Praying for Good Luck at Preah Ang Chek and Ang Chom Shrine in Siem Reap, Cambodia
I’m a sucker for Buddhist temples. The sometimes subtle, sometimes not-so-subtle design differences from country to country fascinate me and the pagodas of Cambodia were no exception. In contrast to the lavish decadence of Thailand’s gilt-covered monasteries, the pagodas in this poverty-stricken country were simple, with one notable exception. As if to make up for their general lack of opulence, electronic rainbow-colored discs rotate behind the heads of Buddhas statues.
There were more than enough pagodas in Siem Reap to satisfy my obsession but one in particular caught my eye. As I passed by every morning on my way to the Angkor Wat ruins and again on my way back to town later in the day, I noticed that this tiny sanctuary was always overflowing with locals, while the larger pagodas I had visited were fairly deserted. My curiosity got the better of me, so I took one afternoon off from exploring ruins to join the faithful at Preah Ang Chek and Ang Chom Shrine.
At a huge ceramic pot in front of the shrine I held three smoking sticks of incense forehead high and bowed, asking that all sentient beings be relieved from suffering, then pierced the curtain of wafting smoke and mounted the steps to the ordered pandemonium of the interior. On the right, wizened bald-headed Buddhist nuns in white robes sat cross-legged on the floor collecting donations for the repair and maintenance of the temple. To my left, saffron-robed monks patiently flicked holy water from a wicker brush onto visitors who knelt and prostrated, touching their foreheads to the marble floor.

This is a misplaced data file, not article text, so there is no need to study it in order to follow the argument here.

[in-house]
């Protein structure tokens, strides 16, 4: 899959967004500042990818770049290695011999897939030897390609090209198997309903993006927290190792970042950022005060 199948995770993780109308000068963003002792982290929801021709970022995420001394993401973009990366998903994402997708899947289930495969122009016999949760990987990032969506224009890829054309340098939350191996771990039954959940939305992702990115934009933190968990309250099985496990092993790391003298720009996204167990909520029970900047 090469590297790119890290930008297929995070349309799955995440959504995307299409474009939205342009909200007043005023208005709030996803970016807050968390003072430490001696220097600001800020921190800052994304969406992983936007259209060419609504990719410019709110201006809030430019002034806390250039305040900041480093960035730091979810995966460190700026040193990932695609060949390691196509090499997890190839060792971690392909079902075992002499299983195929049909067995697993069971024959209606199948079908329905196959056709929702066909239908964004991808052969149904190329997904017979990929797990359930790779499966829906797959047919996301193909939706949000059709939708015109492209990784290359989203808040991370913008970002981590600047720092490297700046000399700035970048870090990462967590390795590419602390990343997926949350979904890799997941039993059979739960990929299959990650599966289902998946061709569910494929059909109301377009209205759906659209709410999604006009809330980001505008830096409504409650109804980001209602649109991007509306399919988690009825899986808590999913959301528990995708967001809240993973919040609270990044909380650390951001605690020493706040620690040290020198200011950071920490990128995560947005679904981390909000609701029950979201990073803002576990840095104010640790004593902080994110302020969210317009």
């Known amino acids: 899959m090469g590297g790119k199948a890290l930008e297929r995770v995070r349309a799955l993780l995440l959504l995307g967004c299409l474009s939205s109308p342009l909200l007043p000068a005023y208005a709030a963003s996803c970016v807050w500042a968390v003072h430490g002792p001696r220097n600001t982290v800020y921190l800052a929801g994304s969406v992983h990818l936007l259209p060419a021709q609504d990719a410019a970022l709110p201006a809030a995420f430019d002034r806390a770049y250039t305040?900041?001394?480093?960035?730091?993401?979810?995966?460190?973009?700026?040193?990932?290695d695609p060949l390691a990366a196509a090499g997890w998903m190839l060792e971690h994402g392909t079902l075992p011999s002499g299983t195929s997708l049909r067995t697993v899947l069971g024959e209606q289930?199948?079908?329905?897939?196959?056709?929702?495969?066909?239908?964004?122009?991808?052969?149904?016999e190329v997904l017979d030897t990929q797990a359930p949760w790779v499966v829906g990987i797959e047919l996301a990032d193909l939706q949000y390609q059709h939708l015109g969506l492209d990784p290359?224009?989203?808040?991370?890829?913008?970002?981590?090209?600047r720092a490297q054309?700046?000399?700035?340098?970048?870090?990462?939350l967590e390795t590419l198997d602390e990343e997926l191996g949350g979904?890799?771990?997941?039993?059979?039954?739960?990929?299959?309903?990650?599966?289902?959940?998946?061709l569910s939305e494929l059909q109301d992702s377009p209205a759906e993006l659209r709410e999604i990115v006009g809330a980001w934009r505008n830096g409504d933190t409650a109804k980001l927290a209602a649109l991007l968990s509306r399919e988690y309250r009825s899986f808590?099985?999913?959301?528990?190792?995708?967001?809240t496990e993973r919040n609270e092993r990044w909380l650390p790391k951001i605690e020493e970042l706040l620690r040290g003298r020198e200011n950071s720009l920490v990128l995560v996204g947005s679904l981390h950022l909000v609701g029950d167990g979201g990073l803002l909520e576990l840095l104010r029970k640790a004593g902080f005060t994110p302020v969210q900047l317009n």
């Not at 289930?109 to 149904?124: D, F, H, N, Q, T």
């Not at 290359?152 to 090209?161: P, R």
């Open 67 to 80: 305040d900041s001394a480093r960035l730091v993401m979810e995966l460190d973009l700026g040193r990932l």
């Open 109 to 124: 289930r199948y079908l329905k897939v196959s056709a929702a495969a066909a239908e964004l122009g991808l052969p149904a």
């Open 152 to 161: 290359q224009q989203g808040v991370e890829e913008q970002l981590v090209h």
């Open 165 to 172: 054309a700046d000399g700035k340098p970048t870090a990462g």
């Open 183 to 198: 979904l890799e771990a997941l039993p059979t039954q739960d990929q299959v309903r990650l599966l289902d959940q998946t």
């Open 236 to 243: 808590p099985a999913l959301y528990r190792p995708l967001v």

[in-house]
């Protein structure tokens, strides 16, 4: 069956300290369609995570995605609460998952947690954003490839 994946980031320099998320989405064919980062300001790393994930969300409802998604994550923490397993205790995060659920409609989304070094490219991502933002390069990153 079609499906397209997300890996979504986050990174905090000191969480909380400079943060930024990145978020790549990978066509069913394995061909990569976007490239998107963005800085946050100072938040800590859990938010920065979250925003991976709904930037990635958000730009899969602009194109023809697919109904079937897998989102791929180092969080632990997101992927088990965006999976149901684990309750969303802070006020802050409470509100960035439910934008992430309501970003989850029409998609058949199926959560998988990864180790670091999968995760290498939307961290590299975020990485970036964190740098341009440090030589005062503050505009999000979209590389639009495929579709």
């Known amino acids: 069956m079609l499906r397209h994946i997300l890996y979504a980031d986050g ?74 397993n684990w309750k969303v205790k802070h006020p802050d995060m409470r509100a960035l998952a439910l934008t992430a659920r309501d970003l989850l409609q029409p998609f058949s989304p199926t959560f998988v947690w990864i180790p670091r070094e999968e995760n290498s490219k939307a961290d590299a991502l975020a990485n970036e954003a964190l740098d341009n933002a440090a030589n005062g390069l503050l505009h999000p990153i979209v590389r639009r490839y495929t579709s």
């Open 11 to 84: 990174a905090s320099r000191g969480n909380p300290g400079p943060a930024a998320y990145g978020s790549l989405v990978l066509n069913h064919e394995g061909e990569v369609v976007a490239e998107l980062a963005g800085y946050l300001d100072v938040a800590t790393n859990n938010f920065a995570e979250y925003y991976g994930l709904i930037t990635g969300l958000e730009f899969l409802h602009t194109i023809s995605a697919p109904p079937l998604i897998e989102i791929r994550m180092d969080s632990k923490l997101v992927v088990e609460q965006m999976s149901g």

In the center, hundreds of people streamed in and out of a small alcove where stately brass and bronze statues of Preah Ang Chek and Ang Chom stood. These sister deities, believed to have been Angkorean princesses, originally stood in the gallery of One Thousand Buddhas at Angkor Wat, however successive generations of monks moved them repeatedly to keep their whereabouts secret from invaders and treasure hunters, until they were finally enshrined in their current location in 1990. Each day, throngs of worshipers heap the sisters with flowers and wash the hands and feet of the statues with small bowls of blessed water, most especially Ang Chek, the taller, more slender of the two statues, whose outstretched palm displays a Sanskrit protection symbol.
When I grew tired of the circus inside the alcove there was still much more to see. Down one side of the shrine, flower sellers had lotus buds and jasmine garlands at the ready, while around back vendors with toothless grins hawked bamboo cages full of songbirds, which suppliants purchase and release as acts of merit. In the early evening gloom, thousands of tiny lights strung over the shrine were switched on, turning it into a glittering kaleidoscope of whirling color that matched the vividly-colored spiral discs pulsing behind the heads of the deities. As darkness fell, the crowd swelled with locals who lay food at the feet of the deities every day after work. I weaved through the crush to the exit, stopping just long enough to toss a few small bills into the baskets of the nuns, who insistently held out their hands for a donation. It was worth every cent.